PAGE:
The cuts at Earl K. Long Regional Medical Center in Baton Rouge worry constituents as well as other health care providers in the region. The question in the Capitol region, as elsewhere, is where will patients who were getting care at EKL go? The hospital had 4,884 inpatient admissions and 46,720 emergency room patients in the most recent fiscal year.
That pattern repeats itself across the part of the LSU system directly controlled by the LSU Board of Supervisors (the LSU Health Sciences Center in Shreveport operates the LSU hospital there and those in Monroe and Pineville).
House Democratic Caucus leader John Bel Edwards of Amite, whose district is home to LSU’s Lallie Kemp Medical Center in Independence, slammed LSU officials for making cuts without provisions in place for either the care of patients or ensuring the continuity of graduate medical education (the training of doctors). “You are demolishing what you have before you have something to transition to,” Rep. Edwards said.
The Damage Will Not Be Confined to LSU
The danger cause by the cuts is clear to the Louisiana Hospital Association (LHA) and to the leaders of theLouisiana State Medical Society. John Mattesino, head of the LHA told Gannett that his members can’t handle a large influx of uninsured patients currently served by LSU. He added that Governor Jindal’s refusal to participate in the Medicaid Expansion component of the Affordable Care Act further clouds the future of community hospitals.
Jeff Williams, CEO of the Louisiana State Medical Society (LSMS), told Gannett that “this is a scary time for all of us” in the medical profession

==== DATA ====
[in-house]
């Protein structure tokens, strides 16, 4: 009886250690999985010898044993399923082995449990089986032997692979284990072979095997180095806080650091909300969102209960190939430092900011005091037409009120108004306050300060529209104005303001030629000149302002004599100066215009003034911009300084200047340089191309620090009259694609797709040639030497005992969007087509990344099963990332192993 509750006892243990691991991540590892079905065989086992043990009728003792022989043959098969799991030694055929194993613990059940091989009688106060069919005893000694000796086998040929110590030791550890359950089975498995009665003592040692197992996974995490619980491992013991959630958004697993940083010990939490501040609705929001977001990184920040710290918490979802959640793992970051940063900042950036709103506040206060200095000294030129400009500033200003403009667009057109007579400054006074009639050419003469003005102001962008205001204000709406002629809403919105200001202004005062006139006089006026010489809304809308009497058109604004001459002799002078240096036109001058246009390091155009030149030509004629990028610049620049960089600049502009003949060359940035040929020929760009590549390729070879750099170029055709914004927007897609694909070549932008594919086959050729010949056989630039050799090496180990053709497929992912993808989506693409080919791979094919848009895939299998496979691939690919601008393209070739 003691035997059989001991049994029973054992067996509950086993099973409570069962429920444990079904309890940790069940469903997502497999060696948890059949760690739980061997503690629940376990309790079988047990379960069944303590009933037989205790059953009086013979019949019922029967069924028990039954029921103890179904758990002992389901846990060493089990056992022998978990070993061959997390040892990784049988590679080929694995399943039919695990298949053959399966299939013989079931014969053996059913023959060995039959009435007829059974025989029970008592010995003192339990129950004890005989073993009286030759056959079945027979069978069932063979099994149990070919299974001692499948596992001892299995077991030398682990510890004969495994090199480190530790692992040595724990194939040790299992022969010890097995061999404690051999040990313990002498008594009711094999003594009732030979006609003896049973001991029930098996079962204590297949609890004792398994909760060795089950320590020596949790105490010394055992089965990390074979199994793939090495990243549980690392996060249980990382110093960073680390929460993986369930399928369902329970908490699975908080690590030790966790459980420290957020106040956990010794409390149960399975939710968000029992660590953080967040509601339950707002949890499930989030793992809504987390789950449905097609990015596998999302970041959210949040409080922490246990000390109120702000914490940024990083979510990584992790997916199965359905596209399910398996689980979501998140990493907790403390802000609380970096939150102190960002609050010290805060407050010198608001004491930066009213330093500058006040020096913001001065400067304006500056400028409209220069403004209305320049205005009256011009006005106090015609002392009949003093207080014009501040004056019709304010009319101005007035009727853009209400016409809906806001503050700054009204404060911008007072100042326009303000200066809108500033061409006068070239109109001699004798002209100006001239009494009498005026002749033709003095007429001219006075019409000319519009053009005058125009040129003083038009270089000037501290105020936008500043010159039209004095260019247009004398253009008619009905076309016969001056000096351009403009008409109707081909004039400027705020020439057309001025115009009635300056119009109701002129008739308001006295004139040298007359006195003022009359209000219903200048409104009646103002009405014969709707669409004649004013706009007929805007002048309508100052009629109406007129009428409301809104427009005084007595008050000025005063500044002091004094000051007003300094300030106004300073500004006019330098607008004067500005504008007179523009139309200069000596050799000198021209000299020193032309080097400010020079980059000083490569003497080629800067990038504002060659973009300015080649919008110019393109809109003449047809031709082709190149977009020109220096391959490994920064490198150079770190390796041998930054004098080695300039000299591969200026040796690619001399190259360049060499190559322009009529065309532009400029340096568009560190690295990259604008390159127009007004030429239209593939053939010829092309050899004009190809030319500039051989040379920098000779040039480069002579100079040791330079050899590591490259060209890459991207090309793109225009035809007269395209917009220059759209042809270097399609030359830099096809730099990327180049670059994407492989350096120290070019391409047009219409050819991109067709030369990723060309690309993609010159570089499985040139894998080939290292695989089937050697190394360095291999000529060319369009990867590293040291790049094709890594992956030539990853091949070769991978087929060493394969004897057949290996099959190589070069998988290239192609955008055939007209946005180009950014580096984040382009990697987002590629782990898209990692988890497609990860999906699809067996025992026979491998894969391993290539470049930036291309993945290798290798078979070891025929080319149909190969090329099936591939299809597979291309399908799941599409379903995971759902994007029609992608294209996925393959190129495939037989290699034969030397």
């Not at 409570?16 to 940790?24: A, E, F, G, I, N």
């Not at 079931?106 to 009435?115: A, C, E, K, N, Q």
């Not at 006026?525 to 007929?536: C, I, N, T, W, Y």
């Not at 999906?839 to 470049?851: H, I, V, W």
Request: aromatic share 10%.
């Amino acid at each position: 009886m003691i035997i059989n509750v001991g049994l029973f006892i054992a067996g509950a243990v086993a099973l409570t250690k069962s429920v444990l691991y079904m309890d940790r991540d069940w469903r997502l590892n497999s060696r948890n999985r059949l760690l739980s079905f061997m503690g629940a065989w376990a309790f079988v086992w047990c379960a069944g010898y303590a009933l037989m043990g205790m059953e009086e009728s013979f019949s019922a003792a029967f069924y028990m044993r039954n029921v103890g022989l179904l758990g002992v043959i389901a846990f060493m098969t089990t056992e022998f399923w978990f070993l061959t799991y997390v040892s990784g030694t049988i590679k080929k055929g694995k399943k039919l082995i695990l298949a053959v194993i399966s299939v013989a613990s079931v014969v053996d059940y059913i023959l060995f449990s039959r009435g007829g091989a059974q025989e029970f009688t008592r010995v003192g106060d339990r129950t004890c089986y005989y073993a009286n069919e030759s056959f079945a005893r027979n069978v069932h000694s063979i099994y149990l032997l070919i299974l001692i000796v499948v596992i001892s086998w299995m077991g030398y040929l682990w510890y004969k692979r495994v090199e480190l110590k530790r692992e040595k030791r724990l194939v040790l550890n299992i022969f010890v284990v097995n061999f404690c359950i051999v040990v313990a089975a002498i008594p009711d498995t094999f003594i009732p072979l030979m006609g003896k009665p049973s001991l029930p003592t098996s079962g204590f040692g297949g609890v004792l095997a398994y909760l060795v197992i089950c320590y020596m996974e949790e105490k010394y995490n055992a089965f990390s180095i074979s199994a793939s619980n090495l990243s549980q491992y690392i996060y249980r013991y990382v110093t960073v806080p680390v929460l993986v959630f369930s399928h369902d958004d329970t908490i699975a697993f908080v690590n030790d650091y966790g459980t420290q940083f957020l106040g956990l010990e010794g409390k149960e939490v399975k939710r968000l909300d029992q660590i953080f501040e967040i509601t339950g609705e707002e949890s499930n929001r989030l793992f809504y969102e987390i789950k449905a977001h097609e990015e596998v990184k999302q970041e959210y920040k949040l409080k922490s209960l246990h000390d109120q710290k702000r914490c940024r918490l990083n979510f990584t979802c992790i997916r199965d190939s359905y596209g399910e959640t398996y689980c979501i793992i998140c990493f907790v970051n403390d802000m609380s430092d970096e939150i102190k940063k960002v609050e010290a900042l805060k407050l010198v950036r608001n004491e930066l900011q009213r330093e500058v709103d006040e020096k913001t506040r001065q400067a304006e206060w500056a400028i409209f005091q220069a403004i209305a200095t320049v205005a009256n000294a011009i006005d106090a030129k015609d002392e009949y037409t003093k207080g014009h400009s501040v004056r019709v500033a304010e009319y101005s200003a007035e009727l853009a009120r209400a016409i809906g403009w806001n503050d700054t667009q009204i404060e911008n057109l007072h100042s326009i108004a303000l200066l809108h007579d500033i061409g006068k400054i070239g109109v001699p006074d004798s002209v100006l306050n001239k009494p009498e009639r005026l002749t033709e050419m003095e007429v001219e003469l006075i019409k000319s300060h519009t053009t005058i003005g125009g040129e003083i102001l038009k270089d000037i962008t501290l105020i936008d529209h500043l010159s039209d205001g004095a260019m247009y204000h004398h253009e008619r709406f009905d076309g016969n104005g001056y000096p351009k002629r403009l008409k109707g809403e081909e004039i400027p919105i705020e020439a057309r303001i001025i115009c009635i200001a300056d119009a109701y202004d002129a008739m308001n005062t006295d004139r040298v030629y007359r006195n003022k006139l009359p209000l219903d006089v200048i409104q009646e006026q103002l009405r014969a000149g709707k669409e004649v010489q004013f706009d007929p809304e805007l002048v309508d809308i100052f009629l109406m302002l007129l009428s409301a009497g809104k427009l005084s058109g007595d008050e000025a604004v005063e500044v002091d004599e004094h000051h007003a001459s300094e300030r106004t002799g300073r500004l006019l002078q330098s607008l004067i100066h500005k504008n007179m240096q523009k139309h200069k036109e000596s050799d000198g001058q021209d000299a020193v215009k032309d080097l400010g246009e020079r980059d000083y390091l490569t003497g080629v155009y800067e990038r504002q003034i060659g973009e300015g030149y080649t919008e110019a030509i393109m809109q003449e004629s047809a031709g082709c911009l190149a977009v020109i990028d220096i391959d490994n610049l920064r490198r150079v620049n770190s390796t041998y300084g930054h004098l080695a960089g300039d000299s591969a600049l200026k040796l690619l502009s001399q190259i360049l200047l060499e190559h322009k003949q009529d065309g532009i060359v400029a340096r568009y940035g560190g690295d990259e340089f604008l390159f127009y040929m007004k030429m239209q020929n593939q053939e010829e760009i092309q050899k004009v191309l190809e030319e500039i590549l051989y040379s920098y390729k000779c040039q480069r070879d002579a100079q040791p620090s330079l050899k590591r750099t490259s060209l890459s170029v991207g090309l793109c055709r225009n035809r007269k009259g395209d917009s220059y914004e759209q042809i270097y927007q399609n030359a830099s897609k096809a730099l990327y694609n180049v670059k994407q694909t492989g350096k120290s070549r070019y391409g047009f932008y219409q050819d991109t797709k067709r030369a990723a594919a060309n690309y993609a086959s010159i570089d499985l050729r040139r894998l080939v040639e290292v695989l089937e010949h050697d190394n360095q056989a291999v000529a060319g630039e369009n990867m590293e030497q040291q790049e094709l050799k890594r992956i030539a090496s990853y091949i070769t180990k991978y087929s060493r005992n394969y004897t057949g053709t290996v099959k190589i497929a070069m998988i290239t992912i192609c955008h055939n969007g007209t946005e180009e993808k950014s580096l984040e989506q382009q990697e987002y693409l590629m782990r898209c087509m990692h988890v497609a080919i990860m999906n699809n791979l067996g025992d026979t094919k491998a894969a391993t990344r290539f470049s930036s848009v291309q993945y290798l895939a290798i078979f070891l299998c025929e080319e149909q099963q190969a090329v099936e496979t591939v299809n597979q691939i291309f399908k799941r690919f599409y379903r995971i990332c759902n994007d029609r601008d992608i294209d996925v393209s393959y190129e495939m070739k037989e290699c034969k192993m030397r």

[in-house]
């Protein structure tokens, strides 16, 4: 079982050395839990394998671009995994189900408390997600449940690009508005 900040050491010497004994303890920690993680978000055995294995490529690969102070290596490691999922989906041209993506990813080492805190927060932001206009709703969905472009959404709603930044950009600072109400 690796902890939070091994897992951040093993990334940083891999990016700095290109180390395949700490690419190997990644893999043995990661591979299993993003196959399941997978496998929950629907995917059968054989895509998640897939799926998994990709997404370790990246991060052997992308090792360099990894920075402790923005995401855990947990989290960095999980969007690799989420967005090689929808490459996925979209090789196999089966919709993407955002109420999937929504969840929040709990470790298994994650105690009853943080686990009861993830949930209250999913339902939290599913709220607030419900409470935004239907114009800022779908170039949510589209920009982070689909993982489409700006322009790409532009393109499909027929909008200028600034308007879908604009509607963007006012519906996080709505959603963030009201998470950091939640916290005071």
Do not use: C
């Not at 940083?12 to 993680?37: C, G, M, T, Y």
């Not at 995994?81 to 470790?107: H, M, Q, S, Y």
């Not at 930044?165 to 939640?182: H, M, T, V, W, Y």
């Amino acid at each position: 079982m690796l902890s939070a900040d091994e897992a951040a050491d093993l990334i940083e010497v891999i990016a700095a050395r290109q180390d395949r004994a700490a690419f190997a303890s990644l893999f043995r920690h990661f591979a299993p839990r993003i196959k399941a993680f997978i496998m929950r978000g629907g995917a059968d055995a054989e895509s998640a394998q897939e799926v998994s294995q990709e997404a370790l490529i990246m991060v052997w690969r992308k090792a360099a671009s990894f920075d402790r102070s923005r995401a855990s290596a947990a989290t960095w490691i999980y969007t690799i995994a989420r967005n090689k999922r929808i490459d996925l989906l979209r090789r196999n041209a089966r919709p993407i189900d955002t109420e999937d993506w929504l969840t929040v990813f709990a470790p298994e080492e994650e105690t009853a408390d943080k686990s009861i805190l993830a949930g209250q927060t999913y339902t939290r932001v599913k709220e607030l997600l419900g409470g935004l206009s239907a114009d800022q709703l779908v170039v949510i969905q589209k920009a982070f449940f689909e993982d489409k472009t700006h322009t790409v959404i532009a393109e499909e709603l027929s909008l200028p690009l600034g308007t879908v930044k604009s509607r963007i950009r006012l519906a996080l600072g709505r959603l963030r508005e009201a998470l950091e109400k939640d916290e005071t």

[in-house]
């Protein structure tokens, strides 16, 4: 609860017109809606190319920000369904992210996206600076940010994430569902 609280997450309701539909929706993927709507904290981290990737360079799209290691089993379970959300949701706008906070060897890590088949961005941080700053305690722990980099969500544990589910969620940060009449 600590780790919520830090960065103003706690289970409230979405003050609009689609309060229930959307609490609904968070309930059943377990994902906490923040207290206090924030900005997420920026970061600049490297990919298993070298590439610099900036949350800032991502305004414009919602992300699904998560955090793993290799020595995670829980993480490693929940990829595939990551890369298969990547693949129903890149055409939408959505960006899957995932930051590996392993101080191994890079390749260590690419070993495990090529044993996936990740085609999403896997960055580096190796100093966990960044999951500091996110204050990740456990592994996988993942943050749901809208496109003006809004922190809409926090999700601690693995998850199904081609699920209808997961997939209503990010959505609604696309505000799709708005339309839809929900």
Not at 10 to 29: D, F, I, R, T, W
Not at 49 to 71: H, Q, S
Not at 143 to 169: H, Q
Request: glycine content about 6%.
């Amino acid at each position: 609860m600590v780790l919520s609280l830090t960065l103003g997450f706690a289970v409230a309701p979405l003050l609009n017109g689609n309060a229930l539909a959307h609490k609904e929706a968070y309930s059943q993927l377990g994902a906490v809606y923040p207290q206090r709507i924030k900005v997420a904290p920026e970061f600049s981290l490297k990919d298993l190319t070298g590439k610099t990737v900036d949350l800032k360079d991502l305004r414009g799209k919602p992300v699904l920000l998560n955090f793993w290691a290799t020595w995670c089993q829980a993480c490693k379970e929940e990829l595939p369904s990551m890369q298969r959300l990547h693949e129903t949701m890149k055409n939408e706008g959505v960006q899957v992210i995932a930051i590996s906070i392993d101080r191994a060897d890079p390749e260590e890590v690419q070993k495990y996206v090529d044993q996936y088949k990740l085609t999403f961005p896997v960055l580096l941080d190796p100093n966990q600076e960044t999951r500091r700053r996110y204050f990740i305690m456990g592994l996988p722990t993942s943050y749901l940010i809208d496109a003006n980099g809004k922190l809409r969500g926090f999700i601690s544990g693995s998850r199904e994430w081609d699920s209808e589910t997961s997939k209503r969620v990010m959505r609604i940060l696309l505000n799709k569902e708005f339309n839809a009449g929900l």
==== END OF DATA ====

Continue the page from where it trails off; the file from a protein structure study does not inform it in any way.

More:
The two major concerns of hospitals and physicians are access to health care for those now depending on the state’s hospital system and the graduate medical education program that has relied primarily on the LSU hospitals for training.
Williams said the wall of secrecy that LSU (at the direction of Governor Jindal) has erected around what it’s doing undermines confidence in whatever process is actually underway. A poll of its members conducted by the LSMS found that 70% of its members believe LSU’s actions will worsen graduate medical education in the state. If graduate medical education is affected, it will worsen the current health professional shortage that exists in much of the state.
Opelka told legislative committee members last week that Louisiana could lose some of its graduate residency programs to other states if the current maneuvers do not meet the approval of the graduate medical education accrediting agency.
To summarize: the current cuts in Medicaid funding are reducing access to care for people dependent on the LSU Hospital network for care; the shift of uninsured patients away from LSU Hospitals to community hospitals threatens the economic viability of those community hospitals; the system by which Louisiana prepares doctors for our state has been destabilized and is in jeopardy; the Jindal administration has made these cuts with no provisions in place to provide for the care of those Louisiana citizens who don’t have health insurance.